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HurtChronicles of the Drug War Generation$
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Miriam Boeri

Print publication date: 2017

Print ISBN-13: 9780520293465

Published to California Scholarship Online: May 2018

DOI: 10.1525/california/9780520293465.001.0001

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The Racial Landscape of the Drug War

The Racial Landscape of the Drug War

Chapter:
(p.97) Five The Racial Landscape of the Drug War
Source:
Hurt
Author(s):

Miriam Boeri

Publisher:
University of California Press
DOI:10.1525/california/9780520293465.003.0006

This chapter provides insider accounts of how the War on Drugs impacted people of color. The racial disparities of the incarcerated population increased as working-class African American communities became impoverished ghettos. Constant police surveillance of minority neighborhoods and invasive oversight by detached judges and probation officers humiliated those entrapped by law enforcement and too poor to afford honest legal protection. Jammie speaks for those with less strength of character when she tells the judge, “How can you sit up there in suburbia and tell me how to live my life as a black woman in the ghetto?” As punitive responses to drug use became more severe, particularly for crack cocaine, extended families were engulfed in overwhelming debt as the criminal justice system demanded the accused pay for their own court, probation, and legal fees, and former prisoners were required to pay for their time behind bars and parole services. Older black baby boomers who remembered the hope of the Civil Rights Movement despaired of societal change as they sought solace in drugs. Racism through the “New Jim Crow” remained a lurking barrier to achieving the dream.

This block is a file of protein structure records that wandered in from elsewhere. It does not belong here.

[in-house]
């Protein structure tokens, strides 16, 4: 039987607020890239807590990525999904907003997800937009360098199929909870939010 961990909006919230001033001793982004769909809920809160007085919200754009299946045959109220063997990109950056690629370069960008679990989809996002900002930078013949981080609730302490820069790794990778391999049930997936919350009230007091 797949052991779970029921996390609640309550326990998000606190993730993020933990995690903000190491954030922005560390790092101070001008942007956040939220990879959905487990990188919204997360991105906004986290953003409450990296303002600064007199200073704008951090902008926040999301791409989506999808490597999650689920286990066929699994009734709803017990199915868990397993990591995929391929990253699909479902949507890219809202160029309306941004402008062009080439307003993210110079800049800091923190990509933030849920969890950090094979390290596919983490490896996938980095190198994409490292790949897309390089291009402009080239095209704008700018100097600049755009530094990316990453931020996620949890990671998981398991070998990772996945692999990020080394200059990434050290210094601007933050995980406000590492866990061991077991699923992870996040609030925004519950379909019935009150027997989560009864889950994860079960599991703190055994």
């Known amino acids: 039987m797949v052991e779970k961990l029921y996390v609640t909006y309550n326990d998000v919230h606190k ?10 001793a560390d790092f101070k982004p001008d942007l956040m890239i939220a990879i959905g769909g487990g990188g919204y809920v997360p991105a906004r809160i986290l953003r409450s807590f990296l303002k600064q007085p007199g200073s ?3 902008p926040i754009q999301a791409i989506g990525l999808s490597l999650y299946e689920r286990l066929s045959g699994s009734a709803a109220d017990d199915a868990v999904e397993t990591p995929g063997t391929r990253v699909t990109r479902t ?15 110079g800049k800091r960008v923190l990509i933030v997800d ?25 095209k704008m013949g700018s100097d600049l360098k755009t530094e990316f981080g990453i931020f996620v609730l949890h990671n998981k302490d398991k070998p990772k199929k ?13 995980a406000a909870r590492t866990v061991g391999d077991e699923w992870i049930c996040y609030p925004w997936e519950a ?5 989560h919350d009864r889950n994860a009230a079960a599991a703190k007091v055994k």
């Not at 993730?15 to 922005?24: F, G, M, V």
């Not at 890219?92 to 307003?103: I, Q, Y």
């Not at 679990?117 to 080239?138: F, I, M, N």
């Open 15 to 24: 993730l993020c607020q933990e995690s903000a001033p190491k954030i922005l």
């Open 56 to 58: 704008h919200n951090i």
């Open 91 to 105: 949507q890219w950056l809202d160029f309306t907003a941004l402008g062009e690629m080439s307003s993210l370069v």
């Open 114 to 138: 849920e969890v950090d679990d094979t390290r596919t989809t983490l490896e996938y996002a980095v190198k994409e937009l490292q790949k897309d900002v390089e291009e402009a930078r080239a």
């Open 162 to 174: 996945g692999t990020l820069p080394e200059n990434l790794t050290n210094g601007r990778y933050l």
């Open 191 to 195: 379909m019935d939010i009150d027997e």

Keywords:   African American, black, The New Jim Crow, minority, racism, racial disparities, surveillance, ghettos, crack cocaine, Civil Rights Movement

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